Preparing for disasters is difficult and can seem overwhelming when you don’t have time to grab the important stuff on your way out the door. A little planning ahead will go a long way in saving the important people and items in your life.
By Joan Whetzel
We hear about them all the time in the news, the stories about people losing their homes, their belongings, their memories in a disaster. These disasters may be created by man (forest fires and home fires from wiring problems or mistakes made by the home’s residents) or they may be natural disasters (flooding, hurricanes, tornadoes, earthquakes). Some of these disasters provide little or no warning – like tornadoes, house fires, and earthquakes – and so there may be no time to save anything important. However, if you had enough time to grab what you could, what would you choose to save?
1. Family and Pets: This is the obvious choice and the most important choice.
2. Photos: This could be the shoeboxes full of memories, photo albums, wedding photos.
3. Documents: birth certificates, death certificates, report cards, marriage license, divorce papers, custody papers, insurance information, social security information. These could be stored in zipper baggies, which will not only keep them dry in weather emergencies, but will keep them collected in like “folders” for easy location.
4. Clothing: Enough for 3 to 7 days.
5. Medications: Prescription bottles and basic over the counter medications, (Advil, aspirin, allergy medicine, antacid, vitamins). Collect them in zipper baggies.
6. Food and Drinks: Bottled water, an ice chest filled with perishables (lunchmeats, cheese, fruits, yogurt, juices)and ice, fill a bag or two (reusable cloth bags) with a few non-perishables like crackers, peanut butter, nuts and seeds.
7. Picnic supplies: paper plates, plastic eating utensils, garbage bags, sharp kitchen knife, zipper baggies.
8. Personal Hygiene Products: Feminine supplies, toothpaste, toothbrushes, soap or body wash, shampoo and cream rinse, talcum powder.
9. First Aid Kit: Antibiotic ointment, band aids, gauze, tape, scissors, over the counter medications.
10. Automotive supplies: filled gas can, jugs of water, motor oil, radiator fluid, tire pump, tire sealant spray, jumper cables, tire jack, lug nut wrench, spare tire.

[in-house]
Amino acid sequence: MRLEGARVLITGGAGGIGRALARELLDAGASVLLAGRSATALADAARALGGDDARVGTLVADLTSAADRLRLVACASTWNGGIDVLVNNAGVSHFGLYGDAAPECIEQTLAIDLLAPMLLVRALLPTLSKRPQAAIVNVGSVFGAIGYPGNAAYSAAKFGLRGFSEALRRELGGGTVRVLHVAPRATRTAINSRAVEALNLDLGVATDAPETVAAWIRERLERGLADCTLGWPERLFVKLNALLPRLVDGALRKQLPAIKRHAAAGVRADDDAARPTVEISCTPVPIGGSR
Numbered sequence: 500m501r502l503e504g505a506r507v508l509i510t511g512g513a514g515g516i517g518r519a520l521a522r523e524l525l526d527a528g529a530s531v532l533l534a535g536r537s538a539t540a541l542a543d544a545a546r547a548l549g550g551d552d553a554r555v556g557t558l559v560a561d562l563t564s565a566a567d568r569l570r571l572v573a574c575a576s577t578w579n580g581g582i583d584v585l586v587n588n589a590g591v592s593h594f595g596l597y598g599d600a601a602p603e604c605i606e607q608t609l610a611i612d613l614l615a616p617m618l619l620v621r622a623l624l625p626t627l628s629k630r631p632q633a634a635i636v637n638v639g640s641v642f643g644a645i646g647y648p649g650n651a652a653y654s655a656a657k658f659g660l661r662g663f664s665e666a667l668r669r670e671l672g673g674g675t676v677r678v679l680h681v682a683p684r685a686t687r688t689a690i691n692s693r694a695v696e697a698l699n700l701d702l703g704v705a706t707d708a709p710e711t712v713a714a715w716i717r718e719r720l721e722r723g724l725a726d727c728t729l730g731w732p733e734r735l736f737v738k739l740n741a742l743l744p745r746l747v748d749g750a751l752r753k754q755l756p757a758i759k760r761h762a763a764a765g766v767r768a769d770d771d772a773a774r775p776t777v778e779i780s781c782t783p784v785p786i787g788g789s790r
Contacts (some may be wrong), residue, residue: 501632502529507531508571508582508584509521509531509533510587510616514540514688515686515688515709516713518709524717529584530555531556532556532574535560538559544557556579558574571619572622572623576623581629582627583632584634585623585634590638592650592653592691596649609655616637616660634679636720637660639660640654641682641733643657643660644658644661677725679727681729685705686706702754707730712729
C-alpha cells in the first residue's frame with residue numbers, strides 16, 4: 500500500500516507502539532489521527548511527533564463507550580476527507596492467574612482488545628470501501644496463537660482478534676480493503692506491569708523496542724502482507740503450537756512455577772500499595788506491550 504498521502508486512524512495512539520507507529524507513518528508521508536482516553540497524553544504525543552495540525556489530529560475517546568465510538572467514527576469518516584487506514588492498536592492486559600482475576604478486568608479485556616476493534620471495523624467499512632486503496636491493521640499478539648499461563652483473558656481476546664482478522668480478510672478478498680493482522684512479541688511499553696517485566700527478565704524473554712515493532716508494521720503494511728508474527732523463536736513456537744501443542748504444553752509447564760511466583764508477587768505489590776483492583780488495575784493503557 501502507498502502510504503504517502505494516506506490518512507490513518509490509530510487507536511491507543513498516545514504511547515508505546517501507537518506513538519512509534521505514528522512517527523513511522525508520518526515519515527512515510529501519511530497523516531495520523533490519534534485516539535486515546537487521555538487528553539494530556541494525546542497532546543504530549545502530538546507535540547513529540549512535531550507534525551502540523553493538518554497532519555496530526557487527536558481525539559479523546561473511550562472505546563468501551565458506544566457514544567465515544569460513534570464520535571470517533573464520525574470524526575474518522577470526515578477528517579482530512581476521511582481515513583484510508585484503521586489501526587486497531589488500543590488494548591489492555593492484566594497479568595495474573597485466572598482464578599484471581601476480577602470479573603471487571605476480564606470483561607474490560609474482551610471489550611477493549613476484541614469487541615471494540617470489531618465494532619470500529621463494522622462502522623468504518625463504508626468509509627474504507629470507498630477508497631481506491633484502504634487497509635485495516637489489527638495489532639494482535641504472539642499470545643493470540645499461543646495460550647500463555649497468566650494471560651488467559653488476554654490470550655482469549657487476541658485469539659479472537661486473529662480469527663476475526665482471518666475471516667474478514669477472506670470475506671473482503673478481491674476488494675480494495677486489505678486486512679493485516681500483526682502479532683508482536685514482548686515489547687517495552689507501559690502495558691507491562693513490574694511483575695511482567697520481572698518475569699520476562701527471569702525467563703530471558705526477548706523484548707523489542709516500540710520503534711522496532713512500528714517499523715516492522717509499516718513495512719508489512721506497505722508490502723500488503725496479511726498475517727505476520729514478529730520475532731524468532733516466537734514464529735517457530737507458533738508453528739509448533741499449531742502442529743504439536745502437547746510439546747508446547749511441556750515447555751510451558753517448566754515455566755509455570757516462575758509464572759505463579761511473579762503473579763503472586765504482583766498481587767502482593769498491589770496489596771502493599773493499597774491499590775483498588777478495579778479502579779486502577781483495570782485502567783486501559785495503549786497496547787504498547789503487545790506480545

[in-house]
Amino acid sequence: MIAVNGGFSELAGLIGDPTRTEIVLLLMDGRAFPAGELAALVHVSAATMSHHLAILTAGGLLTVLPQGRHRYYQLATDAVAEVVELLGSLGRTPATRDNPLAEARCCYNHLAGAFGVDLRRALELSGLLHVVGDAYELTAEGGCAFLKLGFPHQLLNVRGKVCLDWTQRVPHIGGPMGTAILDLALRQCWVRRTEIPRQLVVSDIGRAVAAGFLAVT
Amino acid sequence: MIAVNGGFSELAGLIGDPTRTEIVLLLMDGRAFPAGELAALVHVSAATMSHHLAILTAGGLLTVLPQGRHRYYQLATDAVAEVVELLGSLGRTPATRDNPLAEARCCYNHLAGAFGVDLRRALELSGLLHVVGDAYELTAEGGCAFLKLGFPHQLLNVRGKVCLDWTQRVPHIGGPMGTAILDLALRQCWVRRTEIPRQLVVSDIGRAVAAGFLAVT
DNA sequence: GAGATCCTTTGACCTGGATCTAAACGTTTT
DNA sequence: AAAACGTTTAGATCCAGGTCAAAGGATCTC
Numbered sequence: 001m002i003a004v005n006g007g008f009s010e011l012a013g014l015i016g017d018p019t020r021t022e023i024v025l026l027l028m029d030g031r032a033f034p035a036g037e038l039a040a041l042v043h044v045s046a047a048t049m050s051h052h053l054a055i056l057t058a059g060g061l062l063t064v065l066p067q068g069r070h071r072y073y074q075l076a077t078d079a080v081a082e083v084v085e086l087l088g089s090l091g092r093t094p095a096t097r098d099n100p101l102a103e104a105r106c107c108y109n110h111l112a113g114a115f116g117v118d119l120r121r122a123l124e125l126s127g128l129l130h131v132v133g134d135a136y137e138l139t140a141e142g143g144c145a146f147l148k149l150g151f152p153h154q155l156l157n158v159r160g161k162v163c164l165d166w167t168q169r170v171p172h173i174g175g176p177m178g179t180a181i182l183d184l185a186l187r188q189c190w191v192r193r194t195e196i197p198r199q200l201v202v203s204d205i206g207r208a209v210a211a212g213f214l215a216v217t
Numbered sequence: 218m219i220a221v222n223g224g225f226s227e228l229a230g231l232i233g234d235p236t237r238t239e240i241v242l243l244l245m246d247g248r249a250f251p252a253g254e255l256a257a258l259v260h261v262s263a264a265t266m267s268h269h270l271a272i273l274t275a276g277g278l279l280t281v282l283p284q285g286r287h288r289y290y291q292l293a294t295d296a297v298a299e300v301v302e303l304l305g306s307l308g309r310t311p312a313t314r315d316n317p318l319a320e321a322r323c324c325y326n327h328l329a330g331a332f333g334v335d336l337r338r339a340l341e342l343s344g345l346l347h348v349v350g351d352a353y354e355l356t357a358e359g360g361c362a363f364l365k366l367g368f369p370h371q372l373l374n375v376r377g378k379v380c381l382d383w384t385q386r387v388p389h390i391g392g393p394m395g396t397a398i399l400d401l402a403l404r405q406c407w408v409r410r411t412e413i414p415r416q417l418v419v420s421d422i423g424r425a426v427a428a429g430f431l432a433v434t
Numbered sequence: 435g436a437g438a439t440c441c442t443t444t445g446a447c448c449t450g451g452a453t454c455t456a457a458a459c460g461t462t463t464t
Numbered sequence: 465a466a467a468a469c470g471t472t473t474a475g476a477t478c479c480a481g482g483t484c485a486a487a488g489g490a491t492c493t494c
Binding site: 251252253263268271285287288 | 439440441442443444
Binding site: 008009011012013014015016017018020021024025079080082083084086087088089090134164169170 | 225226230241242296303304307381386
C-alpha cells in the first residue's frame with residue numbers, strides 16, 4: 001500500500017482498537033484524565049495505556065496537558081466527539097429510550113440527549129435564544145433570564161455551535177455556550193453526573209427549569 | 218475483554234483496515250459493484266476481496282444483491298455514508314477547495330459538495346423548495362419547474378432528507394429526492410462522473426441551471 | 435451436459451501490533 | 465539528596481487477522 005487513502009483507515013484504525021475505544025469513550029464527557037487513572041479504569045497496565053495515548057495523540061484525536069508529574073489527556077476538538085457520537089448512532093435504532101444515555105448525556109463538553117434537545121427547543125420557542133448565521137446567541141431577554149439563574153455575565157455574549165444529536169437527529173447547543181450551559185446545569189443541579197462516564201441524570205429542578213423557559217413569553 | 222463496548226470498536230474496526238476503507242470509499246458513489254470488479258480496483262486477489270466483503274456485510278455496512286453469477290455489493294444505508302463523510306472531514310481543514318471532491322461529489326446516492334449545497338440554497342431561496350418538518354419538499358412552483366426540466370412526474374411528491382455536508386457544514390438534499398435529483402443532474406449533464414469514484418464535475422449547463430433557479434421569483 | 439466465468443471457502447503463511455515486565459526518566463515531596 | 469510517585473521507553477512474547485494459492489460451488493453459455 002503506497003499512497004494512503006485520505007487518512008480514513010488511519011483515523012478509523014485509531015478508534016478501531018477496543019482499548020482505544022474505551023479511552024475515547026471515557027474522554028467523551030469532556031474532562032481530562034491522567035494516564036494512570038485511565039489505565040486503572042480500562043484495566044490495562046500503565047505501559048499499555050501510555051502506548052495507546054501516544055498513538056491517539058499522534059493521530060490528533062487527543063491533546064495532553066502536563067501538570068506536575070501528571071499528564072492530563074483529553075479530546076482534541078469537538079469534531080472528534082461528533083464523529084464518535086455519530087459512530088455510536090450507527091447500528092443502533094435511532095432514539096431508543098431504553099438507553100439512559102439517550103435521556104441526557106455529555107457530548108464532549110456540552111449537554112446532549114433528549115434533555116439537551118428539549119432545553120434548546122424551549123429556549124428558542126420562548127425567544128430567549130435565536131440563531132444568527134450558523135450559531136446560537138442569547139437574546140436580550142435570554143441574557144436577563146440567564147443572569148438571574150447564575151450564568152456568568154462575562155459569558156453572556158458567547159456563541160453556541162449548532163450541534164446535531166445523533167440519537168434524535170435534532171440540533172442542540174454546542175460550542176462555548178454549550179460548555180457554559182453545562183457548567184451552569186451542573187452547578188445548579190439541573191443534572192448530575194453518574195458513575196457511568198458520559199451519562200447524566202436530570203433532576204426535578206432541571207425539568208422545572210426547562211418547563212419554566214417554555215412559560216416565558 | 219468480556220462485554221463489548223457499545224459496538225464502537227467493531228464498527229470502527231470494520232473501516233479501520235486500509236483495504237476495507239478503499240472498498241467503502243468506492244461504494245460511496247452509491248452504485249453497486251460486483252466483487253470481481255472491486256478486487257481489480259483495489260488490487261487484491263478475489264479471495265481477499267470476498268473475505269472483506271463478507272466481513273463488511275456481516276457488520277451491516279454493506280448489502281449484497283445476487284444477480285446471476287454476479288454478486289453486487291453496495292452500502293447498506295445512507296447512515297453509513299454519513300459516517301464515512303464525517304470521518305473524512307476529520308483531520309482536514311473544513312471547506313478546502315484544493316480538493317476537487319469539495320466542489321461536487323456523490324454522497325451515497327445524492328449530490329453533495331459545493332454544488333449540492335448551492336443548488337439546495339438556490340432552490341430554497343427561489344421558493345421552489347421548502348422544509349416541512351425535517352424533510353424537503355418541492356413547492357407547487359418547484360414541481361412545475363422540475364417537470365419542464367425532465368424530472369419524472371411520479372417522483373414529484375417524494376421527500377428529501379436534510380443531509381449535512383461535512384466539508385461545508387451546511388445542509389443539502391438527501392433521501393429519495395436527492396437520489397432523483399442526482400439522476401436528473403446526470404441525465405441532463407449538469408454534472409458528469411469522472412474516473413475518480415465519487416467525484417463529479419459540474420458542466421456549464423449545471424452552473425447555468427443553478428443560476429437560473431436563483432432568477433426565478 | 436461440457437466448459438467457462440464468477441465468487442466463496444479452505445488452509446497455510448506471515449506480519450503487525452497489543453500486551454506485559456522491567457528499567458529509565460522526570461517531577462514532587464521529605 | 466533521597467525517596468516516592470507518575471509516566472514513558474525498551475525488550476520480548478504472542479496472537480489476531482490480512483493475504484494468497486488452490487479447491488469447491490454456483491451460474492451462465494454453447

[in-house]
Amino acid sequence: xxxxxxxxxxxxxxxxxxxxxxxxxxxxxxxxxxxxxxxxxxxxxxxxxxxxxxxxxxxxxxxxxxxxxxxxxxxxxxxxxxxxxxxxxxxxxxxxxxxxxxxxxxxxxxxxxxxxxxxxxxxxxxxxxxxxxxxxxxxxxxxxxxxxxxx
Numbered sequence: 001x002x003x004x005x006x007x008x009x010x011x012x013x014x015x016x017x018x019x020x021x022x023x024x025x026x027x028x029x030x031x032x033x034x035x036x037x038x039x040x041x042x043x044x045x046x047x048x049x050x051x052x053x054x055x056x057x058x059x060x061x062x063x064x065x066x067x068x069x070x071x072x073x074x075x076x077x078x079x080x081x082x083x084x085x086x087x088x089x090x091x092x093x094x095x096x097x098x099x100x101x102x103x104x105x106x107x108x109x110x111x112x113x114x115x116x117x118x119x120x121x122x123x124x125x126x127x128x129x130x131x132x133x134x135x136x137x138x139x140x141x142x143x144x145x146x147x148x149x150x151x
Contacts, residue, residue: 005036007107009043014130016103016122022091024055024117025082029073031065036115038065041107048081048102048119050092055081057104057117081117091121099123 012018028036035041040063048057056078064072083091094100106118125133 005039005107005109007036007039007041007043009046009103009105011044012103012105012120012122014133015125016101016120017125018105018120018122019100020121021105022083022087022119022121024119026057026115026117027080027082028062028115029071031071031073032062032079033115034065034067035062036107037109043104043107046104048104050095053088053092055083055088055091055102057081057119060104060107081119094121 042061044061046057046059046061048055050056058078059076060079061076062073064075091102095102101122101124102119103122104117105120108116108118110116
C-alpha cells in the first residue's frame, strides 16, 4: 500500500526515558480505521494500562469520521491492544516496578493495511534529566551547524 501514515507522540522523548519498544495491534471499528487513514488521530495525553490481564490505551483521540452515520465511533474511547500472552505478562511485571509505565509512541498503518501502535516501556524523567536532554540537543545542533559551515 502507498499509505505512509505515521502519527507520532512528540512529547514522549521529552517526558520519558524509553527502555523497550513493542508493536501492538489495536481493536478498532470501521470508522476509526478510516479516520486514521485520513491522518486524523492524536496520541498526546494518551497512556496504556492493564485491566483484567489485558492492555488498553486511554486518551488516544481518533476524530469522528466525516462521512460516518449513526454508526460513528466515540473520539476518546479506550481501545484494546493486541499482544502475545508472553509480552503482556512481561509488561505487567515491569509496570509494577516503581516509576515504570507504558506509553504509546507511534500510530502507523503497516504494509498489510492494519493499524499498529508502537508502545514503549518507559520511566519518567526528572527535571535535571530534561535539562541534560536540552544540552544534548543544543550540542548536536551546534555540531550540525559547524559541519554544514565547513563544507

11. Toys and Games: This one may be last on your list of things to grab, especially if you have little time to prepare.
12. Blankets and Pillows: This one may also be eliminated from the list when time is extremely tight. However, if possible, these could bring a measure of comfort or stability to your family during stressful times, especially if you have young children.
Living in Disaster Prone Areas
For those people living in disaster prone areas – places hit regularly with tornadoes, hurricanes, or earthquakes – can prepare by creating disaster packs. Disaster packs provide a way to collect all, or most of these things, in one place so they can be grabbed up and loaded in the car in a hurry, saving valuable time when implementing the evacuation plan. Depending on how much needs to be collected and loaded, the items can be stored ahead of time in backpacks, boxes, reusable bags, or even a large, clean, covered garbage can.
· Backpacks: Clothing and hygiene products; may need to be changed out periodically for growing children.
· Boxes: Collect documents and photos, picnic supplies, blankets and pillows, first aid kit, toys and games, water bottles,
· Reusable Cloth Bags: Picnic supplies, toys and games, first aid kit, nonperishable foods.
· Large, Plastic, Garbage Can with Lid: blankets and pillows, auto supplies, pack all papers, documents and photos, laptop computer and attachments (thumb drive, battery charger, mouse, wifi connection), survival gear.
Keep these packs in a central location so that everyone knows where they are and can help load up the car when the evacuation call comes. Of course, when you’re in a hurry, and stressed out to the max, something will always be forgotten. But, hopefully you will have been able to save the things you value most.
Published in: Emergency Preparation